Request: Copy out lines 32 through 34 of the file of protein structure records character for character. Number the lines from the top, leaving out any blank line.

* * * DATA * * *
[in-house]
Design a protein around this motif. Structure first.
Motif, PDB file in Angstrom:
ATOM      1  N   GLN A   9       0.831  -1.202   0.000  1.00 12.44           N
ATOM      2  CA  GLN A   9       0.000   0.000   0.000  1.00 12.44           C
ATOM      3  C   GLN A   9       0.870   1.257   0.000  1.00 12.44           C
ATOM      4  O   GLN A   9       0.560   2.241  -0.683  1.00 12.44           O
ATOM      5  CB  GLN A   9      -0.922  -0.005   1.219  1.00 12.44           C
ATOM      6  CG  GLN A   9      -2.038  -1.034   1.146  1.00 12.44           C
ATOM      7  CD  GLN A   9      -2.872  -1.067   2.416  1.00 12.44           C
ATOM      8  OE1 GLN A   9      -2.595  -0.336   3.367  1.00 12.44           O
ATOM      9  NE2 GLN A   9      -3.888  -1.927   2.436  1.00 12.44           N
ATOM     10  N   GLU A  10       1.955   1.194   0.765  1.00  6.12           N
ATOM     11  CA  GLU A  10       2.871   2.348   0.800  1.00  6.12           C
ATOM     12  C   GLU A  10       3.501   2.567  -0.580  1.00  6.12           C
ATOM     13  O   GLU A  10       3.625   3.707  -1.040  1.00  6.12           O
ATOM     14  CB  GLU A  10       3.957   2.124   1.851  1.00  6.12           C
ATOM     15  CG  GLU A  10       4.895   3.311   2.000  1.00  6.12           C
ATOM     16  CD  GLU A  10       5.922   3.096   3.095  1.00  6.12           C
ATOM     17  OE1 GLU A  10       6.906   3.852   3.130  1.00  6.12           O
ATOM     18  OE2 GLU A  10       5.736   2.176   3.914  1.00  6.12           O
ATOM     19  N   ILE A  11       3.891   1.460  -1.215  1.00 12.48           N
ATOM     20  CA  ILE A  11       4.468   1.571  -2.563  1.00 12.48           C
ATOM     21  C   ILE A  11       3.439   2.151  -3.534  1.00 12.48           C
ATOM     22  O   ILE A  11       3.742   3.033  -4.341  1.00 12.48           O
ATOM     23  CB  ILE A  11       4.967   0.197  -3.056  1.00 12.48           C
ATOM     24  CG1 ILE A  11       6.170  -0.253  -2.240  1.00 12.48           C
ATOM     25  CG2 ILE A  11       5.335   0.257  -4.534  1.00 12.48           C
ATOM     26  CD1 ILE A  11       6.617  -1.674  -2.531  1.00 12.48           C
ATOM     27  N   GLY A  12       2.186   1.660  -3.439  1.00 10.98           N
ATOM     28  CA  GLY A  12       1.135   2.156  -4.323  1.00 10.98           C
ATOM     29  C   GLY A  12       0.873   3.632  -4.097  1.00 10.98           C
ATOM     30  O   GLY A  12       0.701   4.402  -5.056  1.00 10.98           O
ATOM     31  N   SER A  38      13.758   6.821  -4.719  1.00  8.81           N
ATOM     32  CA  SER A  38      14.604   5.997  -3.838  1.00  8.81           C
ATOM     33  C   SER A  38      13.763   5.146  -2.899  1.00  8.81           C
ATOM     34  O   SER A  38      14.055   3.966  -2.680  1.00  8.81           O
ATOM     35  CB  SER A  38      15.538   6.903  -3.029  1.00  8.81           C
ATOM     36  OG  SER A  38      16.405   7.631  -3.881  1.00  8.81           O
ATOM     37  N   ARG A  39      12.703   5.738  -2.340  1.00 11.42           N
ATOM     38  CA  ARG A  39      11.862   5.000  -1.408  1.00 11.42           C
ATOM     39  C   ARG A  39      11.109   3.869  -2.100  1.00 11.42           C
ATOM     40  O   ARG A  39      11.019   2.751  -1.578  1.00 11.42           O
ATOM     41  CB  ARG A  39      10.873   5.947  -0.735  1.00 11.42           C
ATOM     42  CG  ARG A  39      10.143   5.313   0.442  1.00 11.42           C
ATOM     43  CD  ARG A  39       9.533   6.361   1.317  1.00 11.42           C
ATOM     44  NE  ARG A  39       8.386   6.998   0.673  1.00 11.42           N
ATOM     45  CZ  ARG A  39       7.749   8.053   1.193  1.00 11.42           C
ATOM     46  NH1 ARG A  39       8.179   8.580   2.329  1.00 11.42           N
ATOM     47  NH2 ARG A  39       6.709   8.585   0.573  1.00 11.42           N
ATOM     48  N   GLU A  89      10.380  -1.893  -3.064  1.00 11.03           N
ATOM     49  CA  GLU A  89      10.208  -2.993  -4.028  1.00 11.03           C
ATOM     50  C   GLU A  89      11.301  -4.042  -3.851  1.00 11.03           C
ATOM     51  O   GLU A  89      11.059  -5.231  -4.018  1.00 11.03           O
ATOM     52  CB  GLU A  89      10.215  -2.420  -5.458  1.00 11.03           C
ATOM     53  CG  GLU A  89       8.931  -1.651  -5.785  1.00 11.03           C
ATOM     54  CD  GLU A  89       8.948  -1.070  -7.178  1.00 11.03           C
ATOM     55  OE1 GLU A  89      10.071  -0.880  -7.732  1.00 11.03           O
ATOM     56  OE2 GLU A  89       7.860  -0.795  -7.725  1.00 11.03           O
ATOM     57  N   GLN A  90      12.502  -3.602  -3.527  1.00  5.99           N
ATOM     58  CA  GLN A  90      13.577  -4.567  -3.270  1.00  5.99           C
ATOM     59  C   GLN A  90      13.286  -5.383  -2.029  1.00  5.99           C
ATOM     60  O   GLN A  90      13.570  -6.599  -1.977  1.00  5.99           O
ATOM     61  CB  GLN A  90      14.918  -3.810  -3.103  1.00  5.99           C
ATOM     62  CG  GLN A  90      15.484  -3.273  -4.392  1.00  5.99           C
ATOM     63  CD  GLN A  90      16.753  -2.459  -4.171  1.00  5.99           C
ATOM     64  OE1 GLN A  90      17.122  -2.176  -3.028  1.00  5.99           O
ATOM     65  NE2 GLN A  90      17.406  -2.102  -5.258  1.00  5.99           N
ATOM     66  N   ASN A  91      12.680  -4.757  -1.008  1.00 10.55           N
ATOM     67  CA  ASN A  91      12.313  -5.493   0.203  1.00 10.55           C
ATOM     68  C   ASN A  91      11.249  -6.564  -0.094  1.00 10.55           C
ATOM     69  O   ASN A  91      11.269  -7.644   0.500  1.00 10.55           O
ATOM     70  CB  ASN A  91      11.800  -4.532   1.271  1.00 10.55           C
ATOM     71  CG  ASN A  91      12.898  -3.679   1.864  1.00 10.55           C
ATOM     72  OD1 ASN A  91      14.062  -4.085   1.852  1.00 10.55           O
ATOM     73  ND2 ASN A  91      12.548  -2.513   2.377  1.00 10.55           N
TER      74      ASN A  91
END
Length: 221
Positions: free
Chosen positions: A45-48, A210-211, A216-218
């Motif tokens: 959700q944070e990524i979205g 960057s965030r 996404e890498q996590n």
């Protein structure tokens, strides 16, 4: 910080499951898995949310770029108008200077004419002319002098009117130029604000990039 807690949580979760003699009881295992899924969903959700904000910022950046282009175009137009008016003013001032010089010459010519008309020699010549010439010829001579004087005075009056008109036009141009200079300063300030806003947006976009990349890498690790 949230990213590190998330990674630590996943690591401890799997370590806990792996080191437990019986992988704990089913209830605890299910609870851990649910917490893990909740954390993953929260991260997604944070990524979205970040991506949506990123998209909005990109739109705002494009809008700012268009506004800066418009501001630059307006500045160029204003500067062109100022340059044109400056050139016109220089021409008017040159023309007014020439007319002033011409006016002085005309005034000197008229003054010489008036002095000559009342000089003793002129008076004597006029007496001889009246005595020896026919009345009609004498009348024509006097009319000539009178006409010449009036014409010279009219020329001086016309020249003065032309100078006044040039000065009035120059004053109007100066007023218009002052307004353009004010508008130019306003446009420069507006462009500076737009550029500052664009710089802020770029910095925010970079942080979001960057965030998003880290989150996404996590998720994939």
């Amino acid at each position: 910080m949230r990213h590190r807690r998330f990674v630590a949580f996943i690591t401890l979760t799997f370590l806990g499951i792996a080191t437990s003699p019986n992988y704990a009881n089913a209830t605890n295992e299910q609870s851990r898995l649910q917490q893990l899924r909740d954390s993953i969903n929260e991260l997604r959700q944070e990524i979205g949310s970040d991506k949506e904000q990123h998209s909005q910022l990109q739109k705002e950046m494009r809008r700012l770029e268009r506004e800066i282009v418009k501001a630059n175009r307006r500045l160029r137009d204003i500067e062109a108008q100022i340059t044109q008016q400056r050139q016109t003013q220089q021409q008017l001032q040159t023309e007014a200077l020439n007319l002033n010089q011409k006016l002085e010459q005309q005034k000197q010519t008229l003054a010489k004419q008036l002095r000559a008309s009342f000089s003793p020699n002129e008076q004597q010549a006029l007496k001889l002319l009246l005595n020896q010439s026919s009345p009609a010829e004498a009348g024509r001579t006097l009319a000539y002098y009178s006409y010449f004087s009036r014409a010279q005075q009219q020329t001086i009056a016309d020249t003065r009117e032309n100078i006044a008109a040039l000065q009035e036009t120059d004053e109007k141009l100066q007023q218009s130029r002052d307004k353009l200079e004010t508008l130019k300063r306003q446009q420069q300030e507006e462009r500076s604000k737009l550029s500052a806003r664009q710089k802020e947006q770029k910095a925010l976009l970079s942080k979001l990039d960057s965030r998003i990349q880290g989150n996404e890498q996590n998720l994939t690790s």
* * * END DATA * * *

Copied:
ATOM     29  C   GLY A  12       0.873   3.632  -4.097  1.00 10.98           C
ATOM     30  O   GLY A  12       0.701   4.402  -5.056  1.00 10.98           O
ATOM     31  N   SER A  38      13.758   6.821  -4.719  1.00  8.81           N